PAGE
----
Friday, November 25, 2016

Tennessee: Gatlinburg Tourists Plead Guilty to Feeding Black Bear

TENNESSEE -- Two visitors pleaded guilty to feeding a black bear outside their Gatlinburg rental cabin last summer.

40-year-old Billy Harden and Dawn Cantrell, 27, both from Nashville, Ind., appeared in Sevier County General Sessions Court on Oct. 27, 2016 where they pleaded guilty to the charge of feeding a black bear while vacationing at a rental cabin on Silverbell Lane in Gatlinburg last July.

Feeding black bears is illegal in Tennessee. The violation is a Class B misdemeanor punishable by a fine of up to $500 and six months in jail.

Cantrell caused a social media uproar when she posted photos of people, including a child, hand feeding a yearling black bear.

The incident was brought to the attention of the Tennessee Wildlife Resources Agency and Officer Scott Reasor, the agency’s Bear Enforcement Officer in Gatlinburg, responded to the scene and cited Harden and Cantrell with feeding the black bear.

Feeding bears eventually results in them becoming completely habituated to approaching people and ultimately becoming dependent on humans as a food source,” said Officer Reasor. “Once this happens, they lose interest in natural foraging and have to be removed from that environment and in some extreme cases, euthanized.”

Judge Dwight Stokes assessed fines of $200 each with adjoining court costs of $270 each to both to Harden and Cantrell.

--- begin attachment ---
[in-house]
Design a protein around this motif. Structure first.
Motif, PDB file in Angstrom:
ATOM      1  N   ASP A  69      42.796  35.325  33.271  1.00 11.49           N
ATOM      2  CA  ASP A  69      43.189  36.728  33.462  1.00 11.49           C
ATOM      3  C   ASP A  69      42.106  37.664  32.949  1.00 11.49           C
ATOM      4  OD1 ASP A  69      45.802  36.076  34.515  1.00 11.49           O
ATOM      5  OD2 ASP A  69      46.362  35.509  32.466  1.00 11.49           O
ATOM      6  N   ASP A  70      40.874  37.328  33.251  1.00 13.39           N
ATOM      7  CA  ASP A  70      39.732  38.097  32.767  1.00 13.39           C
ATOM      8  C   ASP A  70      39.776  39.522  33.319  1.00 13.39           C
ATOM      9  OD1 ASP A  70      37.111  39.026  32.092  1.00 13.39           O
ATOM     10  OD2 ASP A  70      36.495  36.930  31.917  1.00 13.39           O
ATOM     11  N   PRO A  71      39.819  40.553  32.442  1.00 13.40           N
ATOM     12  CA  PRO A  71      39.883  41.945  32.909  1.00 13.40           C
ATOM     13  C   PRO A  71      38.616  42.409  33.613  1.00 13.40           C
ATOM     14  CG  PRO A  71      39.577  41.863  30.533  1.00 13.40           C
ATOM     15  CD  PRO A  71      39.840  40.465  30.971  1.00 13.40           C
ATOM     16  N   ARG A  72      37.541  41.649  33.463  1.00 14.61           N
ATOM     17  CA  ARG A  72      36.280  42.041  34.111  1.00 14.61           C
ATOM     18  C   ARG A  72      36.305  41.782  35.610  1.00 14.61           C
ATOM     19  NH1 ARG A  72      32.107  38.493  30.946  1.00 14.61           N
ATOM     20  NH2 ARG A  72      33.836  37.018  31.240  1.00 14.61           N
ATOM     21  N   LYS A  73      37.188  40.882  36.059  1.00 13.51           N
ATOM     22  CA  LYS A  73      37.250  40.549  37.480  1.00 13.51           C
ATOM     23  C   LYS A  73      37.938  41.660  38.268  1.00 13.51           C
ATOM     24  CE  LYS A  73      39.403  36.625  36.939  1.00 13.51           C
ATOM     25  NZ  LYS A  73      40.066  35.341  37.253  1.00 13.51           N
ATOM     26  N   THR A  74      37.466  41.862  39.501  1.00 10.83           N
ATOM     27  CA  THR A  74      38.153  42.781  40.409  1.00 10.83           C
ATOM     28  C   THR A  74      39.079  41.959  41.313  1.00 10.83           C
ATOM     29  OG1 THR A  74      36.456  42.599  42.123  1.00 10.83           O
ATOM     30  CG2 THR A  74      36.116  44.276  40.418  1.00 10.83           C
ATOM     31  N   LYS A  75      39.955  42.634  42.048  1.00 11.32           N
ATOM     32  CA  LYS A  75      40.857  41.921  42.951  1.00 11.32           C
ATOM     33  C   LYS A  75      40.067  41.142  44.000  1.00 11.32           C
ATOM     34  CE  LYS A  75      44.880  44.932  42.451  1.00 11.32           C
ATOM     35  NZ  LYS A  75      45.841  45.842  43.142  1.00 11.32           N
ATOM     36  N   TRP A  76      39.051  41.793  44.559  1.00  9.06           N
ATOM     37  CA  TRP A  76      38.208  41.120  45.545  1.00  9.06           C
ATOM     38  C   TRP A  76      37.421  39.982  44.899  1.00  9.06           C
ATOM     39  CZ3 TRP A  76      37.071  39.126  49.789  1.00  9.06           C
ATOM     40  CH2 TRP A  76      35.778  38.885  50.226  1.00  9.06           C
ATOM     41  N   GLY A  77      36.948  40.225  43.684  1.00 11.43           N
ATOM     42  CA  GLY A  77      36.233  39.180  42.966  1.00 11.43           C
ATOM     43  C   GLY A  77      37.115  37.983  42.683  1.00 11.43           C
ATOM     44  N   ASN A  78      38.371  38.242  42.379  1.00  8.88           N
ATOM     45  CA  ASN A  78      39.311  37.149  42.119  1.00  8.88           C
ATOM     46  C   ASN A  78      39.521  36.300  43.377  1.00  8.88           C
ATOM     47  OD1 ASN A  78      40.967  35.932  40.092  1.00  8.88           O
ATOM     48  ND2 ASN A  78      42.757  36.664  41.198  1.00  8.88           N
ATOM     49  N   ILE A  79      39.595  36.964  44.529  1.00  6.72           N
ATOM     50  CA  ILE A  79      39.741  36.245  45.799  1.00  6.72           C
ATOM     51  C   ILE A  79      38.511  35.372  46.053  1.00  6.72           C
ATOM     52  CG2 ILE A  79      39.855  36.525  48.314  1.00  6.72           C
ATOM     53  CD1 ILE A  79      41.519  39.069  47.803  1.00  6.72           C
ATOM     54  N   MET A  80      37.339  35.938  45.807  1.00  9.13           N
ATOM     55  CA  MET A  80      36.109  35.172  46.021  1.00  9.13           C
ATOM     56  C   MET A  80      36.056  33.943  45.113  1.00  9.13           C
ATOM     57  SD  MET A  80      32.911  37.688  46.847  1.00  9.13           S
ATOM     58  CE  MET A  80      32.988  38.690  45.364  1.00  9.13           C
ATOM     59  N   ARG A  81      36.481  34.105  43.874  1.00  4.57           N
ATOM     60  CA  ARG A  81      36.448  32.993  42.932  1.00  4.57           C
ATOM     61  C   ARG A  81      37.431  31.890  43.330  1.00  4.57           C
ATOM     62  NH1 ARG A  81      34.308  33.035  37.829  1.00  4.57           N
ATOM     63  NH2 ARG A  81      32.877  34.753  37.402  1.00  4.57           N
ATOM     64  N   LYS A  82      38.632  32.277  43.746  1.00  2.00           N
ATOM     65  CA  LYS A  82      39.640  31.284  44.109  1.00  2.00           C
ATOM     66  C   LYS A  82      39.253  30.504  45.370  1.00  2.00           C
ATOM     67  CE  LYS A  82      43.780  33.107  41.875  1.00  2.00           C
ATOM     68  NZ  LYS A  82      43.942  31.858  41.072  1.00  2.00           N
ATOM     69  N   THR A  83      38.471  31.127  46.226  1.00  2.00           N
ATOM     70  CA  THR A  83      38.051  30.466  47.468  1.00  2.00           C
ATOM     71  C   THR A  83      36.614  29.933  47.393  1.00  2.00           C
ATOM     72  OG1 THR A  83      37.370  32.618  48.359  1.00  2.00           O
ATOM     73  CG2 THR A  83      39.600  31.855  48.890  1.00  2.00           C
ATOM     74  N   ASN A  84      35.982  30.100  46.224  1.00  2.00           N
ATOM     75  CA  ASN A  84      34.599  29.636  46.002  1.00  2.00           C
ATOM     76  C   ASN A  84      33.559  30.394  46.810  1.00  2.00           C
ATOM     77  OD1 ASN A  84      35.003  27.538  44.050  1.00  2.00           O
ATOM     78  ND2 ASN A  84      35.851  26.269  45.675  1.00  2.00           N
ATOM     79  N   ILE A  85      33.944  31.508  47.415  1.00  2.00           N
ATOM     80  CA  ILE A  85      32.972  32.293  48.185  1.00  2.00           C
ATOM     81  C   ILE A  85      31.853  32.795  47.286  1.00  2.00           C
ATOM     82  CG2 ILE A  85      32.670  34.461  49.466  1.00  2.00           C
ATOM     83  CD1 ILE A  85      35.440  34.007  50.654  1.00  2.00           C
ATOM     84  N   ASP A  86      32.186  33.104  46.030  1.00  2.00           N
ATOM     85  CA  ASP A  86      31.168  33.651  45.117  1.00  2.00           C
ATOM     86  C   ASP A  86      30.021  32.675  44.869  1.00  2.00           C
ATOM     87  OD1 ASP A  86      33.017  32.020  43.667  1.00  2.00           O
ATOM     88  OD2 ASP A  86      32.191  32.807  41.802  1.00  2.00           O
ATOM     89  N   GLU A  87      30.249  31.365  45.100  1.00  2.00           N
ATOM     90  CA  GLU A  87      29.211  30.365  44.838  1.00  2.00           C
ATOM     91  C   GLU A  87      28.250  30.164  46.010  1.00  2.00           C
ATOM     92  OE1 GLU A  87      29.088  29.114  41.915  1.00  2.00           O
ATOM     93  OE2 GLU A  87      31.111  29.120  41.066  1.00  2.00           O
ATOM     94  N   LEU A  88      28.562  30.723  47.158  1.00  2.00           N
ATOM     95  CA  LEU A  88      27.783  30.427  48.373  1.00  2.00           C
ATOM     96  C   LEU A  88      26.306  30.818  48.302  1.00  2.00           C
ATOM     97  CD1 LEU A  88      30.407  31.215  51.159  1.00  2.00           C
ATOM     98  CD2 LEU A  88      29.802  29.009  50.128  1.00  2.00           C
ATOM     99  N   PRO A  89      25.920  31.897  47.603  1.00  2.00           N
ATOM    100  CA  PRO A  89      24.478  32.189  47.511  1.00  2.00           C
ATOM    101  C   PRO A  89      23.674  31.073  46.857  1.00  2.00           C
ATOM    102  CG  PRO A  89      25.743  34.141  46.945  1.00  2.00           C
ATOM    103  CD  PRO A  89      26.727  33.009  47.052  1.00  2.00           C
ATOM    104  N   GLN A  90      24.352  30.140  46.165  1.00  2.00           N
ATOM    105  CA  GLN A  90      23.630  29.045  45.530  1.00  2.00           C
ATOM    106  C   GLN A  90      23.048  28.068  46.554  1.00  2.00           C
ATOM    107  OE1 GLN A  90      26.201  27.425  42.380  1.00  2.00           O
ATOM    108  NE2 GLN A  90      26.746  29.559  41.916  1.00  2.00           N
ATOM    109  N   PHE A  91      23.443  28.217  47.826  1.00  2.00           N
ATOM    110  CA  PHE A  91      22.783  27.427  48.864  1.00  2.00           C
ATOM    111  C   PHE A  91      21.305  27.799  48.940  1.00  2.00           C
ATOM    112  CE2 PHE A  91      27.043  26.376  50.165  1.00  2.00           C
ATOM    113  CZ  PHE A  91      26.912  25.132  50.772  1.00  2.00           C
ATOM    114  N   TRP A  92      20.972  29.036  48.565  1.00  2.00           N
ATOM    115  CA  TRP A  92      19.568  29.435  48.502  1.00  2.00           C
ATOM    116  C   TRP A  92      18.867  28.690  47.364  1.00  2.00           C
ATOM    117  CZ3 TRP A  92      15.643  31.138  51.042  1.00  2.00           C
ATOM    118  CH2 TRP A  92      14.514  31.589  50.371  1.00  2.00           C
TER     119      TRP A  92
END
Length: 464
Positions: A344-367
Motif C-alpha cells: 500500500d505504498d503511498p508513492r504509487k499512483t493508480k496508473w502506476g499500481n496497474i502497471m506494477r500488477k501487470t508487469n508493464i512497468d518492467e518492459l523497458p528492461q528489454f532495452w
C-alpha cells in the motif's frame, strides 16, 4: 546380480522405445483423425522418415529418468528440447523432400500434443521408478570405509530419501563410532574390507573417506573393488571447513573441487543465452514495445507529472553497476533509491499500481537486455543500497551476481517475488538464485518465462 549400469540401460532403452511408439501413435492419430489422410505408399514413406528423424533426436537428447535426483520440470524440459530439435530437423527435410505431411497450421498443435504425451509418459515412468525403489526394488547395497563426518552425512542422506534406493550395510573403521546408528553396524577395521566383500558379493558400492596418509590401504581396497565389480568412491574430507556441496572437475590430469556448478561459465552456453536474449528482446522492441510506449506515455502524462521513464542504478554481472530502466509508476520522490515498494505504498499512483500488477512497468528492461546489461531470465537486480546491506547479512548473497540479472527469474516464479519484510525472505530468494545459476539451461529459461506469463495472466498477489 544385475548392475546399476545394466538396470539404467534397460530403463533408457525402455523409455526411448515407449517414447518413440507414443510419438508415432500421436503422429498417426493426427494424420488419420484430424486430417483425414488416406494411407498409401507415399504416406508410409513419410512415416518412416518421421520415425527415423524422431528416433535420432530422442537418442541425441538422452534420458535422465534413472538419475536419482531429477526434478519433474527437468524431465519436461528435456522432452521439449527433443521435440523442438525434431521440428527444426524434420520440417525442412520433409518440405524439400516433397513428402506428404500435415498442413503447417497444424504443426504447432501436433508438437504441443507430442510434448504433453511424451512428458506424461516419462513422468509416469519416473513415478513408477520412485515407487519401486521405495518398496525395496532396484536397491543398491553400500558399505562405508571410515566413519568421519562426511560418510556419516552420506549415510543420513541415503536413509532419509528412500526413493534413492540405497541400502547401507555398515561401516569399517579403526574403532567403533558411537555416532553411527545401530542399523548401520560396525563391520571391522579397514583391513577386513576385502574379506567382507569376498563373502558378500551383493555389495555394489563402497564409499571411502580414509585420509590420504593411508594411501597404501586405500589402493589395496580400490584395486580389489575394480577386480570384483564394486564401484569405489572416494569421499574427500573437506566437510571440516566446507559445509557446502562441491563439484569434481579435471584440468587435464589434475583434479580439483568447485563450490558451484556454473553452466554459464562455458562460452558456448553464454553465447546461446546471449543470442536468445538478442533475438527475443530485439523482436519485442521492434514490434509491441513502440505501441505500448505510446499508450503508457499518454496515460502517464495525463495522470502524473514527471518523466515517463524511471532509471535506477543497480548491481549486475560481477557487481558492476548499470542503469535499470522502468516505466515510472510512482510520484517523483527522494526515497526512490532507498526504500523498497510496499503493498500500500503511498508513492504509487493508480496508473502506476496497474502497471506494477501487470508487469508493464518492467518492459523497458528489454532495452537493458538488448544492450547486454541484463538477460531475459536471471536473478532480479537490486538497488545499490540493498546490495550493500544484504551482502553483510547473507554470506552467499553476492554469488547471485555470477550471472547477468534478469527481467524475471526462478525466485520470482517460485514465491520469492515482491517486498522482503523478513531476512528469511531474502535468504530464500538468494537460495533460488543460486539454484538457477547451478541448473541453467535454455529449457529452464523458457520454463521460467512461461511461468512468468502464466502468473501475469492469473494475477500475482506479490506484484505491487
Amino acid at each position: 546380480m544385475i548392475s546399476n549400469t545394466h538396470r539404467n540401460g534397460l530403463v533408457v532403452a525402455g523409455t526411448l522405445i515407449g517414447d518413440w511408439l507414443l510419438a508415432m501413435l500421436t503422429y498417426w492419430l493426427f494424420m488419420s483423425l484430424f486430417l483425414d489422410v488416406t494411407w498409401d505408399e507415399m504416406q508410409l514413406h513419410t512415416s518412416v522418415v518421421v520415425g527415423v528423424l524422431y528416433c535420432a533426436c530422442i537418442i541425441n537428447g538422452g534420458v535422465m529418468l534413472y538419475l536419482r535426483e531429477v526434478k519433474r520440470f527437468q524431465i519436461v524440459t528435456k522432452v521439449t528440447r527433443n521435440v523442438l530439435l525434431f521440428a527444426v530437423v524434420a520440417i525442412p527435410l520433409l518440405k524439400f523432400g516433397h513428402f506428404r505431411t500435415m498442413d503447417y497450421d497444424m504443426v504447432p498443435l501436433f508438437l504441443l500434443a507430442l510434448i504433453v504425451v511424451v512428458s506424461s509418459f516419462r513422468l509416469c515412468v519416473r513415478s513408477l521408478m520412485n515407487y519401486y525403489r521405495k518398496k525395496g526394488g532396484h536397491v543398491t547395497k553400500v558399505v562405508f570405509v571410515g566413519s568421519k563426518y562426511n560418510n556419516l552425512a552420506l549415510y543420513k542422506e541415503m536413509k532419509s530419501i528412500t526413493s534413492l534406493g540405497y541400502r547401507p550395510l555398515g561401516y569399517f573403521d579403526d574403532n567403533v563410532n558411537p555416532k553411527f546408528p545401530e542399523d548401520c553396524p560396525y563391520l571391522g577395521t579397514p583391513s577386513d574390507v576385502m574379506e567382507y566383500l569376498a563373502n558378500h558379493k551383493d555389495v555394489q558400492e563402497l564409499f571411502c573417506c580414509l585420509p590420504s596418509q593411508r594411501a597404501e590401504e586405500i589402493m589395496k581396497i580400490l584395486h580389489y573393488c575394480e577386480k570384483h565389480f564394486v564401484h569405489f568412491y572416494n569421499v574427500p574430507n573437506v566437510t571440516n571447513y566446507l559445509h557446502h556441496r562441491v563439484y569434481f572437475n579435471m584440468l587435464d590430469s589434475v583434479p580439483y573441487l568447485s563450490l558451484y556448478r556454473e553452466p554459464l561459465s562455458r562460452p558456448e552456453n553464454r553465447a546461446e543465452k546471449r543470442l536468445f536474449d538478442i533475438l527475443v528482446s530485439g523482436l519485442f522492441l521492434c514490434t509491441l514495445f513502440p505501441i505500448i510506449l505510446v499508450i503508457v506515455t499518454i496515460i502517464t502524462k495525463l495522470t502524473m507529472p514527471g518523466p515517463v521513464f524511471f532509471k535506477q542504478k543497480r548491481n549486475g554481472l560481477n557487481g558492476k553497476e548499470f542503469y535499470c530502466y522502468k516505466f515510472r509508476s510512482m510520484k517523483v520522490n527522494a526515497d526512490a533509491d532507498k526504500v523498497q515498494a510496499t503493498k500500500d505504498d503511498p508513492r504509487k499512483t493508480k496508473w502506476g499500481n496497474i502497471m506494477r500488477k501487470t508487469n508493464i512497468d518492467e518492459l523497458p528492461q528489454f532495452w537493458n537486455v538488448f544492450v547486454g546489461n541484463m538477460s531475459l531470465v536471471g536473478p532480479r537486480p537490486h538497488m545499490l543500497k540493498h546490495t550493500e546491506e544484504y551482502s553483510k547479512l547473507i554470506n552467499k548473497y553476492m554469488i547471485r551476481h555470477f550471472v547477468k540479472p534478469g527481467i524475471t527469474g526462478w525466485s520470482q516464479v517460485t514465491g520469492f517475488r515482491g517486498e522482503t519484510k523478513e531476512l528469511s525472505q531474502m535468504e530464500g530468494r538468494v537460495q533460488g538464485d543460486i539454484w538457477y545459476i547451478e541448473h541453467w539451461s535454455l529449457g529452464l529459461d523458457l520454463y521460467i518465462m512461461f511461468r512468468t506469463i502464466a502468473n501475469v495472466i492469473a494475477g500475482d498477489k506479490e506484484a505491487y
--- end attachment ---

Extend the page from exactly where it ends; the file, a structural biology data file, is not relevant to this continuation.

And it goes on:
According to TWRA, the agency has documented 603 black bear incidents as of September. The majority of these cases were simple bear sightings, yet others range from garbage issues and property damage, to bears struck by vehicles and orphaned cubs. There have been only four reported incidents involving aggressive bears.

“In recent years, two separate incidents reveal just how dangerous the intentional feeding of bears can be. In 2009, a 74-year-old woman in Colorado, who had previously been warned against feeding bears by the Colorado Division of Wildlife, was found mauled to death and partially eaten by a black bear in her back yard,” said TWRA spokesperson Matthew Cameron.

“In 2015, an 85-year-old woman from Montana was attacked inside her home by a bear she had been actively feeding. She died from her injuries within days of the attack.”

TWRA announced in September that it was partnering with the City of Gatlinburg and a number of other agencies, businesses and organizations to launch the Bear Wise Task Force to develop educational materials for citizens and tourists, as well as address standards for bear-resistant trash containers.

(Sevier News Messenger - Nov 15, 2016)